“If you’ve got a combative relationship with your counterparts you’re not going to get information and you’re probably not going to give information,” said Volesky, whose own relationships with his Iraqi counterparts involve varying degrees of trust — strongest with the Iraqi Army and perhaps the lowest with local police.
An ongoing investigation is still trying to determine how two men who were either Iraqi police or dressed as policemen opened fire in Mosul and killed a U.S. soldier and his interpreter in February.
The changing relationship leaves the U.S. military in the unfamiliar role of no longer being in the driver’s seat. In the north of Iraq, particularly — with the Kurdish-Arab tensions that is one of the biggest fault lines threatening Iraq’s stability — withdrawal or no withdrawal, there is still a lot at stake.
“We’re going to have to learn how to maintain influence without those boots on the ground that would normally make a difference,” said Maj. Gen. Robert Caslen, commander of U.S. forces in northern Iraq.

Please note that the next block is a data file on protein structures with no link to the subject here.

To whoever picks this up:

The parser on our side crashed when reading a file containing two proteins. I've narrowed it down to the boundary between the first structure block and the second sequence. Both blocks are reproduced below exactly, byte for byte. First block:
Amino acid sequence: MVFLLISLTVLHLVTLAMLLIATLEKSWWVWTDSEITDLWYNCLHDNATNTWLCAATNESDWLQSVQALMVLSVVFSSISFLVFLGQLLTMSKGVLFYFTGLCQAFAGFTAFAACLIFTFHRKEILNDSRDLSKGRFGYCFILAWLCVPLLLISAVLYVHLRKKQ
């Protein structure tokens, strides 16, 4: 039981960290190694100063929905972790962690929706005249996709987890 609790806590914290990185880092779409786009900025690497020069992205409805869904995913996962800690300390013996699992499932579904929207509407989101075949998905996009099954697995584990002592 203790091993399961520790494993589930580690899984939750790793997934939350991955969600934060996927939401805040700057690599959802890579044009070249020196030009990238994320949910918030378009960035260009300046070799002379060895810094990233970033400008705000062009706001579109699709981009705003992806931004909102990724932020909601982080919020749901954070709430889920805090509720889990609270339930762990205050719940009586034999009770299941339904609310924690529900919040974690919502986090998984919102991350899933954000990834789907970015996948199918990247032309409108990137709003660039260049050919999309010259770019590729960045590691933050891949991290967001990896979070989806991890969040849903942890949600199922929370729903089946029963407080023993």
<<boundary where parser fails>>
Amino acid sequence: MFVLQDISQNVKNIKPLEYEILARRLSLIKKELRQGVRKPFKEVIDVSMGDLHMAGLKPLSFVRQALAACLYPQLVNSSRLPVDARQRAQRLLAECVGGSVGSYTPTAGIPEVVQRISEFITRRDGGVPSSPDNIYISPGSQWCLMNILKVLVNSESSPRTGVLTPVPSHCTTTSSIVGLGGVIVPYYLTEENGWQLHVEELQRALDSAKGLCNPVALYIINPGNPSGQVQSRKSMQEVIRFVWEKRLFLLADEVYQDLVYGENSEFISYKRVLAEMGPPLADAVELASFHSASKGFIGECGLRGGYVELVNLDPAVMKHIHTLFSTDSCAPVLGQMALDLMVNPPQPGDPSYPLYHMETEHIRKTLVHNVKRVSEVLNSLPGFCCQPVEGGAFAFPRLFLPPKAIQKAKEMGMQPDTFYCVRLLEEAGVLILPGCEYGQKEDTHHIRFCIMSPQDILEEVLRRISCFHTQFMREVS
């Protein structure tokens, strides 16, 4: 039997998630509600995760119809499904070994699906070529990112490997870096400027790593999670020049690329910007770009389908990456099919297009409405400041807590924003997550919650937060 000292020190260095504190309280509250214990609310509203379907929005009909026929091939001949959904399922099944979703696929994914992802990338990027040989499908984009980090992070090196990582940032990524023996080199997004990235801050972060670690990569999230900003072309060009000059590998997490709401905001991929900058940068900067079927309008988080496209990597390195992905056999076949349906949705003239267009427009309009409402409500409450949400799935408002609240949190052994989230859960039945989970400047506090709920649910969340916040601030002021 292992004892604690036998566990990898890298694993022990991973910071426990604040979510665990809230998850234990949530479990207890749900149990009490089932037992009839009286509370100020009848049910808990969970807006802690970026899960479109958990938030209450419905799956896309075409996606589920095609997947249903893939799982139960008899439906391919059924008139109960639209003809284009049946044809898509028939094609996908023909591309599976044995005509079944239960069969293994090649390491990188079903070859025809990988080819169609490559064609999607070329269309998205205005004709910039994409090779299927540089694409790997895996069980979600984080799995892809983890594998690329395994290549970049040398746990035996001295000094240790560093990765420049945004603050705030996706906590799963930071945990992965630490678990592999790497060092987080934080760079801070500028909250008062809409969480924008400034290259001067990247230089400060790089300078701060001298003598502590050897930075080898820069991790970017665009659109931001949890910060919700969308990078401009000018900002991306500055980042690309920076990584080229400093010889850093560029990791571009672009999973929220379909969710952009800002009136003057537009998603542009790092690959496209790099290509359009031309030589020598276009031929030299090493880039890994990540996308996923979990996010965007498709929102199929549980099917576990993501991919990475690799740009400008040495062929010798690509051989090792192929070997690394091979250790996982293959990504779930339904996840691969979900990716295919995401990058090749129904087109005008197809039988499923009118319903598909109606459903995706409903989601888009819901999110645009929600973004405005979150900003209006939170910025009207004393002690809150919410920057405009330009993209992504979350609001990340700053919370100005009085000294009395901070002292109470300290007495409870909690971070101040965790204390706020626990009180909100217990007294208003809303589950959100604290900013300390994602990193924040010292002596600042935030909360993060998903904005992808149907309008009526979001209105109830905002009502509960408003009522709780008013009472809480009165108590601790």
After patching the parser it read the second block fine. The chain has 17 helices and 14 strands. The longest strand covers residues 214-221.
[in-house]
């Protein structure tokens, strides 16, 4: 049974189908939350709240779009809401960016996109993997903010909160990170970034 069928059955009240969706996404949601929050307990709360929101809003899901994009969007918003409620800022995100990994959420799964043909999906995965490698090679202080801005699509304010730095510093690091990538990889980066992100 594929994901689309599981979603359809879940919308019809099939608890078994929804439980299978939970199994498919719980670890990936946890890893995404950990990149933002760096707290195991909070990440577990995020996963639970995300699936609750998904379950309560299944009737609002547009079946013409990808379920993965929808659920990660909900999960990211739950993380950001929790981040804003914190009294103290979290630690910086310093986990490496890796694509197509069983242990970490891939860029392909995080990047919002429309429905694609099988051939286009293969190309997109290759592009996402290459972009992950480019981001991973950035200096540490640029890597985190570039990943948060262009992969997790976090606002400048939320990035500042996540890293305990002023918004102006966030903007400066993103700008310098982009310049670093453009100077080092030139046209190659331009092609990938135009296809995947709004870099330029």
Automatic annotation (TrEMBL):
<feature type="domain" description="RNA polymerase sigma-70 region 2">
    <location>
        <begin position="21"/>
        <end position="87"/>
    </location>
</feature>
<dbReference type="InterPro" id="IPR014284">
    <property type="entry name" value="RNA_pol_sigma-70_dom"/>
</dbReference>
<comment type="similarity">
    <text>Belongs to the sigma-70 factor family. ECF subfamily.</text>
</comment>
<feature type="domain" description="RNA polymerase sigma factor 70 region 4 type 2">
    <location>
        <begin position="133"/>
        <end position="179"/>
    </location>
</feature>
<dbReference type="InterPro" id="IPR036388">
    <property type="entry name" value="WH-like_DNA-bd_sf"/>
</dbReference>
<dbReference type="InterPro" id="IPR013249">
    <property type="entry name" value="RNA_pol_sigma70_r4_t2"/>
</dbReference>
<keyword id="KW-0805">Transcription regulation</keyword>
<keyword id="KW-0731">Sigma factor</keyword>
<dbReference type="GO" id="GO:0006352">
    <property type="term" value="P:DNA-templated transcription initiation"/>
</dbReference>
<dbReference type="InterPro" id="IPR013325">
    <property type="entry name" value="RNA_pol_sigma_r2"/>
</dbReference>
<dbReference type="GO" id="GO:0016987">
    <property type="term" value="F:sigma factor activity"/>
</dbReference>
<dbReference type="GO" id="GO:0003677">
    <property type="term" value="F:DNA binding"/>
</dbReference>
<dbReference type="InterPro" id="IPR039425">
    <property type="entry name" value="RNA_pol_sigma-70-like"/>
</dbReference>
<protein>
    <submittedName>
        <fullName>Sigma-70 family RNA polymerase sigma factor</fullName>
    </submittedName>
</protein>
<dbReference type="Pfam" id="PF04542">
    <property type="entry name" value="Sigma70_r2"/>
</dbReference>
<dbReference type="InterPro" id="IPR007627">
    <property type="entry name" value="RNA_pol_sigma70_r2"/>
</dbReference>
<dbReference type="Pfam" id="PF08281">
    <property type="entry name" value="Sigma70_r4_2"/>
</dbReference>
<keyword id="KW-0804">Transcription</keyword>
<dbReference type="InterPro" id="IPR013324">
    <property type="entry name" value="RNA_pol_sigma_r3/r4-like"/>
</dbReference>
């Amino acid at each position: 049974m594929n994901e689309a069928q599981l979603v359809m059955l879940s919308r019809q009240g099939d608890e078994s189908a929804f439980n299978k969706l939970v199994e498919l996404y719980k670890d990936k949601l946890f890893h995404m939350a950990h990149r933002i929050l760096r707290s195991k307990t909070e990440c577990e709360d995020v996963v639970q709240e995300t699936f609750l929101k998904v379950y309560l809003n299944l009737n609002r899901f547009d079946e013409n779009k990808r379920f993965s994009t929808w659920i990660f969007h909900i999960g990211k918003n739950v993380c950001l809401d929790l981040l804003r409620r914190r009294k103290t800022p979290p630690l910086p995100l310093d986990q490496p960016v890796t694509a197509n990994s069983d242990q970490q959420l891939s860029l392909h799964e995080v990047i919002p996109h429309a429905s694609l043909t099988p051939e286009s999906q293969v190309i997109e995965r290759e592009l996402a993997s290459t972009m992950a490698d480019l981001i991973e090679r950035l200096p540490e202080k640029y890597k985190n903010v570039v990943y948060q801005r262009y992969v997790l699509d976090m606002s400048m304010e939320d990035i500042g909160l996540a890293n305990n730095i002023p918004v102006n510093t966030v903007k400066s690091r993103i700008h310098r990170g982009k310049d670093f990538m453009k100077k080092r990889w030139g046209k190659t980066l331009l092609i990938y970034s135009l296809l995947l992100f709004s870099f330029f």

Apart from diplomatic leverage, there is a blunter instrument — in the north, the $900 million the U.S. has spent on reconstruction projects.
“There has been a lot investment in the reconstruction to rebuild the essential services infrastructures and if there’s an Al Qaeda safe haven in a neighborhood and the Iraqi security forces are unwilling to go into that neighborhood, we’re going to say ‘Listen, we’re not going to bring you essential services,’” Caslen said.
A lesson for anyone thinking that the June 30 withdrawal means that the U.S. isn’t still deeply involved in Iraq.